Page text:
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Poster F4

Suppression of audiovisual integration to facilitate covert attention: implications for cochlear implant users

Poster Session F - Tuesday, April 16, 2024, 8:00 – 10:00 am EDT, Sheraton Hall ABC

Cailey Salagovic1 (, Catherine Lin1, Valerie Ah-Yen1, Ryan Stevenson1, Blake Butler1; 1University of Western Ontario

Flexibly processing and attending to sensory information is crucial for navigating complex environments. Multisensory integration aids in these processes by combining complementary signals into highly salient multisensory percepts. Stimuli can also be selectively ignored or attended, further facilitating efficient processing. Spoken language is an example of a multisensory signal, consisting of auditory information and complementary visual cues produced by articulators. Here, we present two experiments that examined the impact of multisensory integration on speech processing in cochlear implant (CI) users, for whom the spatial and frequency content of speech is significantly degraded. In experiment one, sentences were presented at various audiovisual offsets and intelligibility was assessed. Across both CI users and typically hearing listeners, intelligibility was greatest for near-synchronous audiovisual stimuli. However, at large asynchronies (i.e., beyond the bounds of what is physiologically possible), only typically-hearing listeners appeared to ignore misaligned visual cues and focus on auditory information. To further examine how the relative salience of auditory and visual cues affect a listener’s ability to attend to or ignore multisensory speech, participants in experiment two listened to simultaneous but spatially distinct streams of audiovisual and audio-only speech while listening monaurally (i.e., in the absence of robust spatial cues). Initial results suggest that during monaural listening, visual cues are more salient and less easily ignored than in the binaural condition. Combined, these results suggest the reduction in spatial cues provided to CI users may render them less likely to disengage from visual speech cues, even when they no longer support intelligibility.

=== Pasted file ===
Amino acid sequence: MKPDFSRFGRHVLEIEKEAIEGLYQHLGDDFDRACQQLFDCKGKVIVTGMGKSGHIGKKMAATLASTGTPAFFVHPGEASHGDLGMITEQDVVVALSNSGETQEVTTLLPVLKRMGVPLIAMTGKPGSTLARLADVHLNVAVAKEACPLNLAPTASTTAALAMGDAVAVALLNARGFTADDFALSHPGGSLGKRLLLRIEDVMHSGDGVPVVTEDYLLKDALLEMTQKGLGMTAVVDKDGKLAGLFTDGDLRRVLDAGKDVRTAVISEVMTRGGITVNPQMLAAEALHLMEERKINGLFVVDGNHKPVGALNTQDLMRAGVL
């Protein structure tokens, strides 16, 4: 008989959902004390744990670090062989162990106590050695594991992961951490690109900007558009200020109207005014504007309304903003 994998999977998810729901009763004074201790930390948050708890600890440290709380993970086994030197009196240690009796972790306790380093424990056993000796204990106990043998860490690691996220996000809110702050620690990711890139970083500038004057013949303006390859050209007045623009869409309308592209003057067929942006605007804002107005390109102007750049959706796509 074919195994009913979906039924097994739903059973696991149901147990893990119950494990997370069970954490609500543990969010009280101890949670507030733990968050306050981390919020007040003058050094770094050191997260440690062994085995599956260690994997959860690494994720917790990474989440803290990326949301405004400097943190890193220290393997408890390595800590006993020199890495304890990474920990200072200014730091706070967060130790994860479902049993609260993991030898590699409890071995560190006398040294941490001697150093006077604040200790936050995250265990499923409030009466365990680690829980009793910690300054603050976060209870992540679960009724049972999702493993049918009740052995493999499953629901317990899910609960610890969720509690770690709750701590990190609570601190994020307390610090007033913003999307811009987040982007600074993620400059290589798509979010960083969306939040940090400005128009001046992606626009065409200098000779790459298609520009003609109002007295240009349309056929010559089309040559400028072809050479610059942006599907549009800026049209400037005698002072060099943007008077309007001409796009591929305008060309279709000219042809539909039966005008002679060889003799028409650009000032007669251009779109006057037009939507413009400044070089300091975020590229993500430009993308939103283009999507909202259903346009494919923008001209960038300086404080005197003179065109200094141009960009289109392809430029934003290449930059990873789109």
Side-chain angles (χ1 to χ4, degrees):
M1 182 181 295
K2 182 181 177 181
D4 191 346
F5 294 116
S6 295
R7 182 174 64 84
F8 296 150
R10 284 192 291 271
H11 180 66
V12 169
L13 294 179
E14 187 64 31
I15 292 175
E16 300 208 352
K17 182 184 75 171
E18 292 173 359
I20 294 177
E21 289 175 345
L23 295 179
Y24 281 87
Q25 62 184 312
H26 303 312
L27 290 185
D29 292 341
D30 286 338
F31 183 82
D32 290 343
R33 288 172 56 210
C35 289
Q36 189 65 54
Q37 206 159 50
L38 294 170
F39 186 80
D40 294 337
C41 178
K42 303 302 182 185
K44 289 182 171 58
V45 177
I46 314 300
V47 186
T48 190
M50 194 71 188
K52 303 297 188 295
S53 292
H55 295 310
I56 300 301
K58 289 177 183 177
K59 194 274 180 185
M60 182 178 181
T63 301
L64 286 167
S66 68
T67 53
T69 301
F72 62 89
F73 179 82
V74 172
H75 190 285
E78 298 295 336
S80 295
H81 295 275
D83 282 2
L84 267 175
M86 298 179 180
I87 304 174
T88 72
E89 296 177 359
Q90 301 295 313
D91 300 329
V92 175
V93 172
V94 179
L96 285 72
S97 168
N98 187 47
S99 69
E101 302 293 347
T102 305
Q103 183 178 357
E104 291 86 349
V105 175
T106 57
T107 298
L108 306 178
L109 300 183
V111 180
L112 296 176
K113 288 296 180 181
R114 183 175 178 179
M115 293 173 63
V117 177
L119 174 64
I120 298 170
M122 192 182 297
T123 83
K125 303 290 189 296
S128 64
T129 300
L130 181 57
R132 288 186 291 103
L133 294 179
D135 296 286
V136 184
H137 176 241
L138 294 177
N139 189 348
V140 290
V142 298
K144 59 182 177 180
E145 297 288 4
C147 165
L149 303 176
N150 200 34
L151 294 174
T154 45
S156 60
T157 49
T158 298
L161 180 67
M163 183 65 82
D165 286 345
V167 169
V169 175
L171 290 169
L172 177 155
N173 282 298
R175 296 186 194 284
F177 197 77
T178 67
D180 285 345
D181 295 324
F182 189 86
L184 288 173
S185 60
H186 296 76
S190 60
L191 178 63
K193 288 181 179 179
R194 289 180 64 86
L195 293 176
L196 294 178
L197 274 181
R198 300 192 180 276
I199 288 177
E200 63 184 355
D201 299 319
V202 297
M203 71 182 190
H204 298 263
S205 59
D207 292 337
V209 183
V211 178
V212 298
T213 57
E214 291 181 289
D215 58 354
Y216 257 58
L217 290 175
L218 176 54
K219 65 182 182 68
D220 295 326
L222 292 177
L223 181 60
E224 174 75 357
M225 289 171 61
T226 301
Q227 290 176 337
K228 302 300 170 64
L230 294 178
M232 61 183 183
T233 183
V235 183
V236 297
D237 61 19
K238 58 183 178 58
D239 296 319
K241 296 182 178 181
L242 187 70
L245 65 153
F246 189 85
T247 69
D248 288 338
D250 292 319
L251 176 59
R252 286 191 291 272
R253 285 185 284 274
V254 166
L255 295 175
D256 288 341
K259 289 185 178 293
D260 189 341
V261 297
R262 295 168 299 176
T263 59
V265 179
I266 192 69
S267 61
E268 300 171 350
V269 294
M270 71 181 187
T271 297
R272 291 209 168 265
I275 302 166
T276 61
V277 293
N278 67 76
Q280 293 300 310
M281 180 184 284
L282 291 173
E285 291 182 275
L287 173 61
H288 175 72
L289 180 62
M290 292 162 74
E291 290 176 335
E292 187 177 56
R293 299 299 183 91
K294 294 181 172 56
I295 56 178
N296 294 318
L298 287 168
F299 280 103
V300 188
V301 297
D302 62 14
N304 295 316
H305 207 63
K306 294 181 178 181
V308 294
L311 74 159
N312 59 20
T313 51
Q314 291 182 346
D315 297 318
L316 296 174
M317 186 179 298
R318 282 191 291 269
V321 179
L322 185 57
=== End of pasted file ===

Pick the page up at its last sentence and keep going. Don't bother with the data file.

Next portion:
Topic Area: ATTENTION: Multisensory


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April 13–16  |  2024